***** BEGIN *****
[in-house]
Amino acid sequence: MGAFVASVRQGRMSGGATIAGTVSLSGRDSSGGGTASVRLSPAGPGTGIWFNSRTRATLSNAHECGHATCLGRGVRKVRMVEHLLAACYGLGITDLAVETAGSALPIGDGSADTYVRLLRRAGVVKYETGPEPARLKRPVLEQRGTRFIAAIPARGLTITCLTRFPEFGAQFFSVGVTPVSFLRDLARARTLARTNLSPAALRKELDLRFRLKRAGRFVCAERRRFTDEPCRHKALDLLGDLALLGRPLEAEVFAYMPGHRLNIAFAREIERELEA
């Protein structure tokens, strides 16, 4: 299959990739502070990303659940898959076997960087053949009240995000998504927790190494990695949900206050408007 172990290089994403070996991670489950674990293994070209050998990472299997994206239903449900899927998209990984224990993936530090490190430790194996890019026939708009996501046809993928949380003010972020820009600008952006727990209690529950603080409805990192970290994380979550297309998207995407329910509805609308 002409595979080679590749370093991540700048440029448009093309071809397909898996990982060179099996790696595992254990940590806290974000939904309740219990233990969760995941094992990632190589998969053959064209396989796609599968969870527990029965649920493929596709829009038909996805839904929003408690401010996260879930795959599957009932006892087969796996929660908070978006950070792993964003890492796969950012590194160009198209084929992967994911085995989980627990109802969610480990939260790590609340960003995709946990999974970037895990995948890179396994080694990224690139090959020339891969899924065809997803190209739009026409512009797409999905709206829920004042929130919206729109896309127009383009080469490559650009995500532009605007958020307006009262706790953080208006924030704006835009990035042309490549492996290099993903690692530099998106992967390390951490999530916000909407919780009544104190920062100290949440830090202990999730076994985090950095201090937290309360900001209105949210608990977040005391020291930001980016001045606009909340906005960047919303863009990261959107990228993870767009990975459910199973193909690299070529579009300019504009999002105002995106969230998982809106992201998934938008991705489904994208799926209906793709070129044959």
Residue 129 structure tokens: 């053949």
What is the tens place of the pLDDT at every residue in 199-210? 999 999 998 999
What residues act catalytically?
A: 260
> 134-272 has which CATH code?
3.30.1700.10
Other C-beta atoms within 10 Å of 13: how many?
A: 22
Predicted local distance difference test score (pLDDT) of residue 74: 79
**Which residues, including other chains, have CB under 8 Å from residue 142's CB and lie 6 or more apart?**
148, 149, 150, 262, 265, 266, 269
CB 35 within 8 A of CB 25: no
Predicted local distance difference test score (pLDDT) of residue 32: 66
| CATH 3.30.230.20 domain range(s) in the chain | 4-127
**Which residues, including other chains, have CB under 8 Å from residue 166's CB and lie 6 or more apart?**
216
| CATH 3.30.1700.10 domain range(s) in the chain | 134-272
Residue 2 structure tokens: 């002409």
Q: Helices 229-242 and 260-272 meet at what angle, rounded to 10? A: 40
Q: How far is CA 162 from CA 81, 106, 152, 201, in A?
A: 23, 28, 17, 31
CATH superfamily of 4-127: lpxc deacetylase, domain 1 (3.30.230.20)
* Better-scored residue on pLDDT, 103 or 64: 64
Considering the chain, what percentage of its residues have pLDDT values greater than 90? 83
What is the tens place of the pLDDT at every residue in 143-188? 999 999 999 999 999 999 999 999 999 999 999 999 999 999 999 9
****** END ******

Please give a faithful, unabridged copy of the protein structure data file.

[in-house]
Amino acid sequence: MGAFVASVRQGRMSGGATIAGTVSLSGRDSSGGGTASVRLSPAGPGTGIWFNSRTRATLSNAHECGHATCLGRGVRKVRMVEHLLAACYGLGITDLAVETAGSALPIGDGSADTYVRLLRRAGVVKYETGPEPARLKRPVLEQRGTRFIAAIPARGLTITCLTRFPEFGAQFFSVGVTPVSFLRDLARARTLARTNLSPAALRKELDLRFRLKRAGRFVCAERRRFTDEPCRHKALDLLGDLALLGRPLEAEVFAYMPGHRLNIAFAREIERELEA
């Protein structure tokens, strides 16, 4: 299959990739502070990303659940898959076997960087053949009240995000998504927790190494990695949900206050408007 172990290089994403070996991670489950674990293994070209050998990472299997994206239903449900899927998209990984224990993936530090490190430790194996890019026939708009996501046809993928949380003010972020820009600008952006727990209690529950603080409805990192970290994380979550297309998207995407329910509805609308 002409595979080679590749370093991540700048440029448009093309071809397909898996990982060179099996790696595992254990940590806290974000939904309740219990233990969760995941094992990632190589998969053959064209396989796609599968969870527990029965649920493929596709829009038909996805839904929003408690401010996260879930795959599957009932006892087969796996929660908070978006950070792993964003890492796969950012590194160009198209084929992967994911085995989980627990109802969610480990939260790590609340960003995709946990999974970037895990995948890179396994080694990224690139090959020339891969899924065809997803190209739009026409512009797409999905709206829920004042929130919206729109896309127009383009080469490559650009995500532009605007958020307006009262706790953080208006924030704006835009990035042309490549492996290099993903690692530099998106992967390390951490999530916000909407919780009544104190920062100290949440830090202990999730076994985090950095201090937290309360900001209105949210608990977040005391020291930001980016001045606009909340906005960047919303863009990261959107990228993870767009990975459910199973193909690299070529579009300019504009999002105002995106969230998982809106992201998934938008991705489904994208799926209906793709070129044959």
Residue 129 structure tokens: 């053949």
What is the tens place of the pLDDT at every residue in 199-210? 999 999 998 999
What residues act catalytically?
A: 260
> 134-272 has which CATH code?
3.30.1700.10
Other C-beta atoms within 10 Å of 13: how many?
A: 22
Predicted local distance difference test score (pLDDT) of residue 74: 79
**Which residues, including other chains, have CB under 8 Å from residue 142's CB and lie 6 or more apart?**
148, 149, 150, 262, 265, 266, 269
CB 35 within 8 A of CB 25: no
Predicted local distance difference test score (pLDDT) of residue 32: 66
| CATH 3.30.230.20 domain range(s) in the chain | 4-127
**Which residues, including other chains, have CB under 8 Å from residue 166's CB and lie 6 or more apart?**
216
| CATH 3.30.1700.10 domain range(s) in the chain | 134-272
Residue 2 structure tokens: 């002409």
Q: Helices 229-242 and 260-272 meet at what angle, rounded to 10? A: 40
Q: How far is CA 162 from CA 81, 106, 152, 201, in A?
A: 23, 28, 17, 31
CATH superfamily of 4-127: lpxc deacetylase, domain 1 (3.30.230.20)
* Better-scored residue on pLDDT, 103 or 64: 64
Considering the chain, what percentage of its residues have pLDDT values greater than 90? 83
What is the tens place of the pLDDT at every residue in 143-188? 999 999 999 999 999 999 999 999 999 999 999 999 999 999 999 9